One may ask, “Is not the court marriage just as legal as a wedding before God?” From a purely legal perspective, “Yes.”  However, the legal perspective that brings a man and woman together is the same system that helps you divorce. At the same time, our focus here is not marriage, but cohabitation and the impact on our children.

Let us return to this matter by checking in with Dr. Brown, who takes this a step further, writing “Additionally, cohabitors’ depression scores are exacerbated by the presence of biological and step children.”

Cohabitation seems to be driven by immediate financial, emotional, and self-preservation needs. The simplicity of this reality within itself deems that children are not the primary factor for such decisions, though children are factored in. During the developmental years, children cannot articulate their sense of instability. For the person raised and accustomed to instability, their instability is accepted as stability to them. Unless addressed, instability will often recreate instability in generational relations. This is the reason why cohabitation has become the norm regardless of its destructive social implications.

Can you imagine what our society would be like if we could purchase a house, car, or life insurance based on a verbal agreement without any consequences for reneging other than going your separate ways from the agent with whom you made the agreement?  In business, we do not make vows; we make contracts, written binding agreements between two parties. 

In relationships, we, too, make contracts; they are called vows before God, and documents signed validating the words we shared in our vows. The weighing difference between vows made in a court and vows made in a church is one is made before humans and the other before God. This is the delineating difference between a contract and a vow. However, there are many people who go to the church to make a contract because of the ambience.

Have you ever heard someone giving expression that legitimizes cohabitating in the following statement, “Hey, I just want to test the car before I purchase it.” In the absence of their partner, you may hear, “Who wants to purchase a car they may not keep?”   

Stability cannot be established in “Maybes” or “Ifs,” which create unacceptable instability.

There are three areas of concern in response to such modern-day thinking. First, to compare a human to a car is a severe depreciation of value. Secondly, when you drive the car around the block, at least the car is fully insured. There is no insurance when you get into bed. Thirdly, if you decide not to return the car, there are consequences like a visit from your local police or a night in jail. Going separate ways after the “bed affairs” only holds emotional consequences of acceptable instability for you and your children.

And, for those who test-drive and do not purchase after the test, here is a little bit of inside information for you.  Research has found that if you do not marry right after the baby is born, future changes in marriage status are greatly decreased. In other words, the test will remain a test while s/he is waiting for another test drive or purchase.

Here are a few additional things to think about:

I. Every unhealthy relationship is focused on self-preservation and temporary security.  It is not possible to have a permanent commitment to a temporary relationship.  The words temporary and instability are kissing cousins. Temporary commitments produce insecurity, which is like a migraine: though  located in one area, it impacts your whole person.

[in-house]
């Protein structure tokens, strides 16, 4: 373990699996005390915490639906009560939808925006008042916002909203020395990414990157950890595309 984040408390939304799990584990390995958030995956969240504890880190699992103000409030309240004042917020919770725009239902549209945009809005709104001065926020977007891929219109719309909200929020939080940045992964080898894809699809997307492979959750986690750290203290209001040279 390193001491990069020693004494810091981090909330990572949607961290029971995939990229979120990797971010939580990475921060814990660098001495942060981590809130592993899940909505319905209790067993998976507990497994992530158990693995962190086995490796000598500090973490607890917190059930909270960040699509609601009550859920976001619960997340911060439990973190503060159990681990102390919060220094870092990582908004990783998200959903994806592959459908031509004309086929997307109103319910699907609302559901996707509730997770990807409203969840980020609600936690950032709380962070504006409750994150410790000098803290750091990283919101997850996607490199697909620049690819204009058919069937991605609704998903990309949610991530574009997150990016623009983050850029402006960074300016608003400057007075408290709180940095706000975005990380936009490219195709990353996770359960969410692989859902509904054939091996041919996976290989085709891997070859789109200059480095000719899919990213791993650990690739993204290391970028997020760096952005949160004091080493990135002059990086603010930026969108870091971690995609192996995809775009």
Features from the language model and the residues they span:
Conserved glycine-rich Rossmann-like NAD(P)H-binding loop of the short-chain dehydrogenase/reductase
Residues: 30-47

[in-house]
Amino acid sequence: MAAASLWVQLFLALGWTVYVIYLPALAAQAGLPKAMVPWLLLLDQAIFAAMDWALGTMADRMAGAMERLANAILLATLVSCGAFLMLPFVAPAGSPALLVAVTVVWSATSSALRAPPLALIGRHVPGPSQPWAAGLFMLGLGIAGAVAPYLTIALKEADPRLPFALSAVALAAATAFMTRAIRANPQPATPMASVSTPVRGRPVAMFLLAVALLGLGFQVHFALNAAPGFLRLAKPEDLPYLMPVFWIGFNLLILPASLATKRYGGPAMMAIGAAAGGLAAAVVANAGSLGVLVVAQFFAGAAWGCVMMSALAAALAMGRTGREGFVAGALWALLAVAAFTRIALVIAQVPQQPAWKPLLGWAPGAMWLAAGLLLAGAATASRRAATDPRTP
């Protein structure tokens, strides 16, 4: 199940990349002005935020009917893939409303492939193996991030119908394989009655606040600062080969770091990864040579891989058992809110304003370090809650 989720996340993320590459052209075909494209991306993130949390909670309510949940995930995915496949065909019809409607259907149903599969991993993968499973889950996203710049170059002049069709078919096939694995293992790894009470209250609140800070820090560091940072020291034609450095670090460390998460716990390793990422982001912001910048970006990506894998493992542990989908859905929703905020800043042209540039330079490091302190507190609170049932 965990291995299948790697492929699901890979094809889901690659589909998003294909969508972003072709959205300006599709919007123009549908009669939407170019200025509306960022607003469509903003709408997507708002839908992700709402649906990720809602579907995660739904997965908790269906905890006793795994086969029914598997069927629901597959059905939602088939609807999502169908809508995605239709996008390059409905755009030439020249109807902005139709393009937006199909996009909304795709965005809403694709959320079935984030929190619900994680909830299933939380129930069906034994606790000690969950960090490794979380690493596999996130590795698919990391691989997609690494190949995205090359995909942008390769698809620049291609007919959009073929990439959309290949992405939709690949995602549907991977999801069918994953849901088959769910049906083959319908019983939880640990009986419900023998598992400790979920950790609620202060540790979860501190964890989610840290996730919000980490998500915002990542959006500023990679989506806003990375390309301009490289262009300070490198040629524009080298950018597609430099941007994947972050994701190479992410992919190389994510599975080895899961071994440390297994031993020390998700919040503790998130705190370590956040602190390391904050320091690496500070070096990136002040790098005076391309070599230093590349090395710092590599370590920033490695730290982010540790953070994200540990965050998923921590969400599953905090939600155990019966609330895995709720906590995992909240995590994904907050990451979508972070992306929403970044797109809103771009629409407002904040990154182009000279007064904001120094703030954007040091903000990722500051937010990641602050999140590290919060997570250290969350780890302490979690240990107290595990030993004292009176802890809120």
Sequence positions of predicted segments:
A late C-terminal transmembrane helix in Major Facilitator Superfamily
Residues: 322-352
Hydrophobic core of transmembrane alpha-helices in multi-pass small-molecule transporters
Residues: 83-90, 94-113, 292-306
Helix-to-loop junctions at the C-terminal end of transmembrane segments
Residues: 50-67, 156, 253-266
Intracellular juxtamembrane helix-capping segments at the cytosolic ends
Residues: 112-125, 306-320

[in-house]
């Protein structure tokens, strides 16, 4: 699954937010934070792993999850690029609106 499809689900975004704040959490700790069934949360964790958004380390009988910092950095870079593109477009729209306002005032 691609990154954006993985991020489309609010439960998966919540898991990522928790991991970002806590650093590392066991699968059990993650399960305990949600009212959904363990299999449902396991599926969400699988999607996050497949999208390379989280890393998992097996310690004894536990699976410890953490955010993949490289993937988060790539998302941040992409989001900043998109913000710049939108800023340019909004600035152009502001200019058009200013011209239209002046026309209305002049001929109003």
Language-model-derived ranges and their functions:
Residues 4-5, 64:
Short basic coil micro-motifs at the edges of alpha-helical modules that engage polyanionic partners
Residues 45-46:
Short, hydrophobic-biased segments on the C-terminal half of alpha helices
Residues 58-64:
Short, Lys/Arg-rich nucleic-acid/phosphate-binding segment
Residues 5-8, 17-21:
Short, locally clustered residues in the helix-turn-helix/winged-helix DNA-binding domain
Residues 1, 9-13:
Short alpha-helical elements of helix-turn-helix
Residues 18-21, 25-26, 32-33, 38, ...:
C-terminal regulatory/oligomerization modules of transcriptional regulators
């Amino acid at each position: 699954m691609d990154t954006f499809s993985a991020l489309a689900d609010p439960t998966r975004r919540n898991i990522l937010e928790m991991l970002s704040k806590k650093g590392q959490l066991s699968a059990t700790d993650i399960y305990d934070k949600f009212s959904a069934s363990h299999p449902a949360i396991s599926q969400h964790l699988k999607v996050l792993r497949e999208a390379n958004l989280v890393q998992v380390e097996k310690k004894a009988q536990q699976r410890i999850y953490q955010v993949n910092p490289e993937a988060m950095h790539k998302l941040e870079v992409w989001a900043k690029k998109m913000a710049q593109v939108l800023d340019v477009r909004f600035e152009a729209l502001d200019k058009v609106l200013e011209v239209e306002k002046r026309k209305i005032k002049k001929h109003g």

People do not cohabitate to create insecurity; however, what they are looking for cannot be in what they have found. A history professor once shared something I will never forget. He said the one common evidence in every great nation that has fallen is the presence of broken or deteriorated family structures. So there is no misunderstanding, a family structure is produced by two persons who can potentially recreate offspring, naturally.

Healthy relations always have a purpose. A couple’s purpose is always bigger than the two of them. One sign of a healthy relationship is a serious consideration, preparation, and focus on the CHILDREN.

II. An unhealthy and unstable relationship can be emotionally, spiritually, and socially detrimental to our children. And, when they are a burden, you will not have to tell them, it will show up in their behavior at home, schools and at their jobs.

Too often, public misbehavior and children’s emotional turmoil is not evaluated outside of effective counseling. There is no such thing as a child born bad, evil, or mean. These are all learned behaviors.

My focus here is to address things that are not addressed by institutions and those who profit from the brokenness of our children.  As a Christian Family Therapist, I am fully invested in our children, and I invite other Christian counselors to send me information so that I can add you to my list of counselors invested in strong marriages and healthy families.
Dr. Abiade is Founder and President of Abiade And Abiade Associates, a marriage and family Christian counseling business. We offer marriage seminars for religious communities and are available for private and online counseling. We offer 6-12 public sessions at a low cost as our focus is to support and help create healthy families. Call  231-747-2793  or email to make an appointment.

Note: references for this article are available; email or call 231-670-6059.